Oatly throws the rulebook at ‘Big Dairy’ over barista competition monopoly
Oat milk brand Oatly is seeking to challenge the rules of a major barista tournament that only allows the use of cow’s milk.
Oatly has raised a complaint about a barista competition that disqualified oat milk / Unsplash
Swedish dairy alternative brand Oatly is taking the World Barista Championship to task over an ’outdated’ rule restricting competitors to the use of cow’s milk.
Accusing organizers of the coffee-making competition of being beholden to ’Big Dairy’, the oat drink brand points to the exclusion of alternative forms of milk in competition rules for making espressos.
Branding the restriction ’ridiculous’ Oatly contends that it is the perfect partner for roasted coffee beans and the planet as it is not dependent on methane-belching dairy cows.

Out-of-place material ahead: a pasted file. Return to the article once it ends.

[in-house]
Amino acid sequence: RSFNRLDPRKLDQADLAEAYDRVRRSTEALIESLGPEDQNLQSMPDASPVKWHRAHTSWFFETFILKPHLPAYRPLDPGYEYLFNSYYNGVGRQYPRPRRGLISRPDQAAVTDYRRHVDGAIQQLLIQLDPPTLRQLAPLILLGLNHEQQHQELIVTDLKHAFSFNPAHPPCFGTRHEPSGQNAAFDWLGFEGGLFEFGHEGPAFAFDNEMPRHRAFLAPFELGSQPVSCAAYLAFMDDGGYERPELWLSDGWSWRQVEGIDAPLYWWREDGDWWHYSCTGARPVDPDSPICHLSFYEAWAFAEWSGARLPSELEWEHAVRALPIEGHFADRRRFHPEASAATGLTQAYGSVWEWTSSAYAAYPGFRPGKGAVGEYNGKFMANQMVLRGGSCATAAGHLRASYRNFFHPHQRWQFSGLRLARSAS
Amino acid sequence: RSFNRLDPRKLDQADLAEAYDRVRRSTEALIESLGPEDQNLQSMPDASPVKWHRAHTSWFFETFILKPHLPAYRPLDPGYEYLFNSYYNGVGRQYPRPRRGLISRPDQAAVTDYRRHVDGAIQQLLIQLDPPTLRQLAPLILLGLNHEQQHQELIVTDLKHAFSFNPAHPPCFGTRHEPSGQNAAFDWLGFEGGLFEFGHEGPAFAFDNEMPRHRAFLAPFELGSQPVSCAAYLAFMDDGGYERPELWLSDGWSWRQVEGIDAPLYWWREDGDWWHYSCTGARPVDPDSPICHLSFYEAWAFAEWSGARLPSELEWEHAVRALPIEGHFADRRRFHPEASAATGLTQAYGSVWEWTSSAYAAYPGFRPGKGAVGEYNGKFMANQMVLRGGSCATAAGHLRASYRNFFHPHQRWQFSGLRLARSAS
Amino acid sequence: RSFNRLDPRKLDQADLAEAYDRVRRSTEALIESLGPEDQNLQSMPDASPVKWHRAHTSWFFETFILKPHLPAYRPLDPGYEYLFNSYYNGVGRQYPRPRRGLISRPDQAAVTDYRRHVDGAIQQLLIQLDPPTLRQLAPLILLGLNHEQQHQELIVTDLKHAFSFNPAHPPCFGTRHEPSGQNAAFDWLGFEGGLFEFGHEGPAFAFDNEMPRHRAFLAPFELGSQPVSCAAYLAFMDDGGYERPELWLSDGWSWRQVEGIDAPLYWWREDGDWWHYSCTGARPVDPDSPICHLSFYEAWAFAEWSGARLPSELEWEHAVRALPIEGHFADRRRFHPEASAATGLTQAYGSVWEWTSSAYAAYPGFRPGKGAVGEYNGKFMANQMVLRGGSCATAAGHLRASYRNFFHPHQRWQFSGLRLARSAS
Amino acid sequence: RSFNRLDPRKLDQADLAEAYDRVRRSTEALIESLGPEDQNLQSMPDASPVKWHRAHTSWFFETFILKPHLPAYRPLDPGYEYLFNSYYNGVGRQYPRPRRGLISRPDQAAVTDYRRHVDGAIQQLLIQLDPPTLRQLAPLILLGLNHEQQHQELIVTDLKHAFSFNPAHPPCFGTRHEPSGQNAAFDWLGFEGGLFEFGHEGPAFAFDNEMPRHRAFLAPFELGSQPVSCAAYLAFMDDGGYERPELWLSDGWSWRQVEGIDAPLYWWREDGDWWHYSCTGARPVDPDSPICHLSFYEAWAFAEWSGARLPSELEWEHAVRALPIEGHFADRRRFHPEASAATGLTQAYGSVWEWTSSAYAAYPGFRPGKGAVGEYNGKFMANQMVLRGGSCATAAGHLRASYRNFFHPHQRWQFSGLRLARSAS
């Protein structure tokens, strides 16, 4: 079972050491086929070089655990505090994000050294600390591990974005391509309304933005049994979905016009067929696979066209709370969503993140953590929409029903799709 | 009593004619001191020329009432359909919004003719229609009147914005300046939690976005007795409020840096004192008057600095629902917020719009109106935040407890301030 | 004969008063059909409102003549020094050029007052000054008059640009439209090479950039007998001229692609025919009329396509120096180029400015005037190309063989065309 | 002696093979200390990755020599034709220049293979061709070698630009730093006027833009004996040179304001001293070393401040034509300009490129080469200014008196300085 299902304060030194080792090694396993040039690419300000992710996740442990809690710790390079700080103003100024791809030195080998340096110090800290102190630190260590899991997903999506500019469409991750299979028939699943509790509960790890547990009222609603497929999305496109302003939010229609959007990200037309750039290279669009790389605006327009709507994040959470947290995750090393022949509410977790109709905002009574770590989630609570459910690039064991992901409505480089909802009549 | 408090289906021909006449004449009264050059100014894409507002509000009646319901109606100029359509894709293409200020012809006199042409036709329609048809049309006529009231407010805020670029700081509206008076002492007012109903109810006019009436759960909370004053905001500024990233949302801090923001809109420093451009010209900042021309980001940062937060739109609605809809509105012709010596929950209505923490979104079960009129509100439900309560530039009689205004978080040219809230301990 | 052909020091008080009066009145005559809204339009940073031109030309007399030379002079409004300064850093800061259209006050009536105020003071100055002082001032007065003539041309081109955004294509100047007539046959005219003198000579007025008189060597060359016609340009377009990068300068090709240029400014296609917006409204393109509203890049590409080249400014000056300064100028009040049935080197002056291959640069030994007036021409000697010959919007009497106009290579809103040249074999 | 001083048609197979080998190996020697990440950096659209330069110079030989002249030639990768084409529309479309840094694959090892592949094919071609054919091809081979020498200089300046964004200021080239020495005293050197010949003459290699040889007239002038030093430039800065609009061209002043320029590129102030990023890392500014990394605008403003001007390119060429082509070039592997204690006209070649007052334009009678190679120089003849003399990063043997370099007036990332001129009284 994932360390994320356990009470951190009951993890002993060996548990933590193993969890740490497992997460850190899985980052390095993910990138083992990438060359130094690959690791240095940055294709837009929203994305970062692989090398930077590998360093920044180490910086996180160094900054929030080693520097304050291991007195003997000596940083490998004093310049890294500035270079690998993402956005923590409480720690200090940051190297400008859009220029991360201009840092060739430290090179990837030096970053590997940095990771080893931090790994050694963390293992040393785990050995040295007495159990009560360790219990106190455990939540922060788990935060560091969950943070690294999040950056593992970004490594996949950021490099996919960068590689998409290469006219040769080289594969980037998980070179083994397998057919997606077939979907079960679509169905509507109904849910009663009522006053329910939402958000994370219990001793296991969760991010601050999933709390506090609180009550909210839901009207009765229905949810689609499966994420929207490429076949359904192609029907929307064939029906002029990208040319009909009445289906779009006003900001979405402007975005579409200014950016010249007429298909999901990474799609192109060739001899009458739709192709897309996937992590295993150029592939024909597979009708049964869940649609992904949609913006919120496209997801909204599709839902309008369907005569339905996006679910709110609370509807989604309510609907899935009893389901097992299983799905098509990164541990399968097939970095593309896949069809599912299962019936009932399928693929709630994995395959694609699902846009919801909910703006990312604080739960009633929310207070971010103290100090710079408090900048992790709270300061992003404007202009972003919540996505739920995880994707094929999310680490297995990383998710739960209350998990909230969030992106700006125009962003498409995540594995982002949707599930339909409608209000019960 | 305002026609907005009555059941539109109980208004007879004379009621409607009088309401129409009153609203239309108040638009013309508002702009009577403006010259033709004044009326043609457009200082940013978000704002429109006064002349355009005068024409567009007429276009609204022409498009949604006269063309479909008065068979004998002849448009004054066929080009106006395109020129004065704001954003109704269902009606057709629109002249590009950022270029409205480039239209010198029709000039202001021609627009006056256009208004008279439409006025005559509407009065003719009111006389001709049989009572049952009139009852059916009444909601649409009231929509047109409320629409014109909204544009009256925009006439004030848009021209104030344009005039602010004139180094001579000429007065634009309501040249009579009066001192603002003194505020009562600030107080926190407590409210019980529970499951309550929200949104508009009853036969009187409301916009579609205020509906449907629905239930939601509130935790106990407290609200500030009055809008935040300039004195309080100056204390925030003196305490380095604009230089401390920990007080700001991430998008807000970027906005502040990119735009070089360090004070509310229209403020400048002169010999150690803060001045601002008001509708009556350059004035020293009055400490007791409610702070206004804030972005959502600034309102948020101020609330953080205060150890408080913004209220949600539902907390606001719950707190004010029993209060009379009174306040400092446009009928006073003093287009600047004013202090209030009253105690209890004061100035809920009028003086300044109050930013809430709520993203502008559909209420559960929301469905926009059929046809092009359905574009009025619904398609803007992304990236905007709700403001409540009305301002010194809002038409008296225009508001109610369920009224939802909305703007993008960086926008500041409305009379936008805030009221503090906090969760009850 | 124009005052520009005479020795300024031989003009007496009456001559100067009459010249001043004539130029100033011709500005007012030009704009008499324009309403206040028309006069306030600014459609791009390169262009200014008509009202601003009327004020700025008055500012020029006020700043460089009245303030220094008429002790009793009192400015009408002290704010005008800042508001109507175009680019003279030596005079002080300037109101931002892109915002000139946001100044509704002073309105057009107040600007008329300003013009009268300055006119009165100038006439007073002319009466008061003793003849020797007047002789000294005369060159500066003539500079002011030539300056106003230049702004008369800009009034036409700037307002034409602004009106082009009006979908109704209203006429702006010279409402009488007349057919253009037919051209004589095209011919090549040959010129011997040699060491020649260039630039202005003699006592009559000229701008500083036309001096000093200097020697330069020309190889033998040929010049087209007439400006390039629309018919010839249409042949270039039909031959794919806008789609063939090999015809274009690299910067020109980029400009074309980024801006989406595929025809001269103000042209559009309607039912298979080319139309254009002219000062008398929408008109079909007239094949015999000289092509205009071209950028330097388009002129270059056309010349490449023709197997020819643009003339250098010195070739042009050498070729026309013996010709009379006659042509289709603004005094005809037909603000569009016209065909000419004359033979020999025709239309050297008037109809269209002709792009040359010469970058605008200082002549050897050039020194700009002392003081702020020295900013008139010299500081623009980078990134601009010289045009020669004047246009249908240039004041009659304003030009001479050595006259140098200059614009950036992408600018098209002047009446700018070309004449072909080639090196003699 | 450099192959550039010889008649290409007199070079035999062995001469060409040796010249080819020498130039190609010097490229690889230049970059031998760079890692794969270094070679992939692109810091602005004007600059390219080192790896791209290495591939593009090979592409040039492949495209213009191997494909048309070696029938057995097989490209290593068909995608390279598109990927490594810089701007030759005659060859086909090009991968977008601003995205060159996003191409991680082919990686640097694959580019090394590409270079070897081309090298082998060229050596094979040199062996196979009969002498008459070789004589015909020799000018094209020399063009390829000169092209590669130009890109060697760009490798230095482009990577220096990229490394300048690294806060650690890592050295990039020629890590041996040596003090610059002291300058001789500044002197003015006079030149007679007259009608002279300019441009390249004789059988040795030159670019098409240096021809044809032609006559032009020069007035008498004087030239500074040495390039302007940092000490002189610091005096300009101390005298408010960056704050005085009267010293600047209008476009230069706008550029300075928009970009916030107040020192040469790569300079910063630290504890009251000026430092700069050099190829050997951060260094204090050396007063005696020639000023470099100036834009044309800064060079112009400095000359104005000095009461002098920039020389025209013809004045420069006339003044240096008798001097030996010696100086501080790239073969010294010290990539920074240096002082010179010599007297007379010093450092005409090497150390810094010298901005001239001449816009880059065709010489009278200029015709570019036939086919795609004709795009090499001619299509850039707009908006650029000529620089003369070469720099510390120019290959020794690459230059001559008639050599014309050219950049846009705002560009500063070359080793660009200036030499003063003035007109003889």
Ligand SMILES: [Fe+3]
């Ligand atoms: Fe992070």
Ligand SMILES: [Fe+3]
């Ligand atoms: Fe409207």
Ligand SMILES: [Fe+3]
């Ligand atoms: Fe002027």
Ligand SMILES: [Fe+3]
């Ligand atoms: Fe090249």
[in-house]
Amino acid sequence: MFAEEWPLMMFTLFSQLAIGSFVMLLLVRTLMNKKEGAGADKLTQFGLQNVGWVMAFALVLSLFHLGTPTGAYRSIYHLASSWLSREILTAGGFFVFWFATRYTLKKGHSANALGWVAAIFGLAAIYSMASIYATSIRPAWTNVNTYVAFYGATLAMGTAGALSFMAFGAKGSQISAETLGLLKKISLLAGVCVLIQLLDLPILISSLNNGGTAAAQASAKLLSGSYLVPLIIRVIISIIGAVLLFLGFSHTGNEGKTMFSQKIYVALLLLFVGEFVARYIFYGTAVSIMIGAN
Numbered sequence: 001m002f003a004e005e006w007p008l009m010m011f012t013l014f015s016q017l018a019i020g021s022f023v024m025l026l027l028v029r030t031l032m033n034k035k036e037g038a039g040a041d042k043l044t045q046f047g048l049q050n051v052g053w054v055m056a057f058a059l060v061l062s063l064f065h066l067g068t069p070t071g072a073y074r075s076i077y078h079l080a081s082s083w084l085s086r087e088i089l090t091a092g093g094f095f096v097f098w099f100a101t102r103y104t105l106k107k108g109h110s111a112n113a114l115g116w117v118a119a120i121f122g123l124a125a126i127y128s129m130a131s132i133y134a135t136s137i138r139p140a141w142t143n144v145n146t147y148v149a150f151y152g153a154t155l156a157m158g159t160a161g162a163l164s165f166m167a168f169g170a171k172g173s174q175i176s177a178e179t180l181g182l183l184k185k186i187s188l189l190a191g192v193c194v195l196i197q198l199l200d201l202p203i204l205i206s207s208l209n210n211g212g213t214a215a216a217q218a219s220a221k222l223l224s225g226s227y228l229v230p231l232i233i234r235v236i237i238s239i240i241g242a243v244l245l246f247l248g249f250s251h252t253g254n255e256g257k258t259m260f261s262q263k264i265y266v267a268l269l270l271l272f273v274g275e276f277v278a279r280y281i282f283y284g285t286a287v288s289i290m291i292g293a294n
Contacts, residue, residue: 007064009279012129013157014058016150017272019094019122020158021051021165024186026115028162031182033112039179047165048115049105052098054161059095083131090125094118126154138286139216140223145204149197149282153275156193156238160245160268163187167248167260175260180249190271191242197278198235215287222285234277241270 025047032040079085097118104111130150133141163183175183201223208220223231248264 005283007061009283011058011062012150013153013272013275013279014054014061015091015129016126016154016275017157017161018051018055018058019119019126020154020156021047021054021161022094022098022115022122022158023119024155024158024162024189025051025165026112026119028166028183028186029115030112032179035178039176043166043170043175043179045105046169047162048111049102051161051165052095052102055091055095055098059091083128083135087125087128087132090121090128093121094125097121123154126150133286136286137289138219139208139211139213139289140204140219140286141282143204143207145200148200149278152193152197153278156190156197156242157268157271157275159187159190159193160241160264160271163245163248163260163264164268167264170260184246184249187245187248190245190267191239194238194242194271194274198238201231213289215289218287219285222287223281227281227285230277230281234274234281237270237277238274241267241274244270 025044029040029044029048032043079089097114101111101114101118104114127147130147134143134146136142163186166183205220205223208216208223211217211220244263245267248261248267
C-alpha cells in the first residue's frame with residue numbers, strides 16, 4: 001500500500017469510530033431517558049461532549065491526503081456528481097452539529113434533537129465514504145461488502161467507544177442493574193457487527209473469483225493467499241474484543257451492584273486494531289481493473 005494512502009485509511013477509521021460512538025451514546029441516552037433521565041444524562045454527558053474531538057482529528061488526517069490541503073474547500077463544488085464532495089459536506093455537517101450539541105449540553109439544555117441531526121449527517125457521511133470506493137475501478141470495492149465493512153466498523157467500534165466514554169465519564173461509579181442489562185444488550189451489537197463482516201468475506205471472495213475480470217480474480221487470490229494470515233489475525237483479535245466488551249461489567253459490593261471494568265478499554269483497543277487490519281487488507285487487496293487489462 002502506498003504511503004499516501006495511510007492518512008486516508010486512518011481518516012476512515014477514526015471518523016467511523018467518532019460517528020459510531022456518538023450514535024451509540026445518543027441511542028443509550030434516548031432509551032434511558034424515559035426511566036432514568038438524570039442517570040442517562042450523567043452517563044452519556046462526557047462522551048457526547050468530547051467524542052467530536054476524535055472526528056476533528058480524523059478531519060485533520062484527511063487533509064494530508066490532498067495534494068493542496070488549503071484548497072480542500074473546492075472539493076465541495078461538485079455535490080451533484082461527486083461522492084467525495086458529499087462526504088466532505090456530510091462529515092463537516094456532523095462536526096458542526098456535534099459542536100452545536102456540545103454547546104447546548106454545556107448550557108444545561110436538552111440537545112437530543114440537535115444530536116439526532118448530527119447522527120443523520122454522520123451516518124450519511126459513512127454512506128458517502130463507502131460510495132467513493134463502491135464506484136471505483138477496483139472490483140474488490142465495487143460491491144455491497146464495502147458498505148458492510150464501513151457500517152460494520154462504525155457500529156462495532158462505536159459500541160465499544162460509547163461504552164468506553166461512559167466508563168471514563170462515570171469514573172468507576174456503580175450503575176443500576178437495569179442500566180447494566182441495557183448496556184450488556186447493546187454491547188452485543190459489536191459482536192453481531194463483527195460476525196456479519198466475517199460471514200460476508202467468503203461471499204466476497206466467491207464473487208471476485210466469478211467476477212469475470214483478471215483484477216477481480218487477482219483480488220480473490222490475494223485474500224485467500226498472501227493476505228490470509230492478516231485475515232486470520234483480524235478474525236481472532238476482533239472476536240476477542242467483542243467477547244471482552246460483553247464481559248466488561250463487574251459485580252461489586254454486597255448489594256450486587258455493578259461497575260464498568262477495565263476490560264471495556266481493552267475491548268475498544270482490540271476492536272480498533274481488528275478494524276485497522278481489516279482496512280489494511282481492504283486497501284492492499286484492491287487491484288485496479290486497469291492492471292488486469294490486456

Warning that the competition risks falling behind the times as consumers adopt plant-based drinks, Oatly called on organizers at the Speciality Coffee Association (SCA) to rip up the rulebook and change with the times. it also supplied a series of condescending suggestions for other outdated rules included forcing competitors to arrive by horse-drawn carriage; insisting that judging be conducted in Latin and resorting to a duel at sunset as a tiebreaker.
Toby Weedon, head of Oatly’s barista development team in EME, explained: “The SCA are meant to represent us as coffee professionals, yet we are seeing an increasing number of disenfranchised baristas who no longer want to compete because they don’t consume animal products.
“There has been an amazing rise in plant-based coffee consumption across the planet. For example, most cafés we speak to in London are serving more coffee with oat drink than cow’s milk, and some Sydney cafes are reporting that over 80% of orders are for plant-based alternatives.“
Seeking to spark a broader backlash through the spread of internet memes mocking the exclusive use of dairy, Oatly wants to build support for a resolution that would change the rules.
Oatly has previously been sanctioned by the ASA over ’misleading’ environmental claims after it omitted to use the word ’probably’ in citing expert opinion.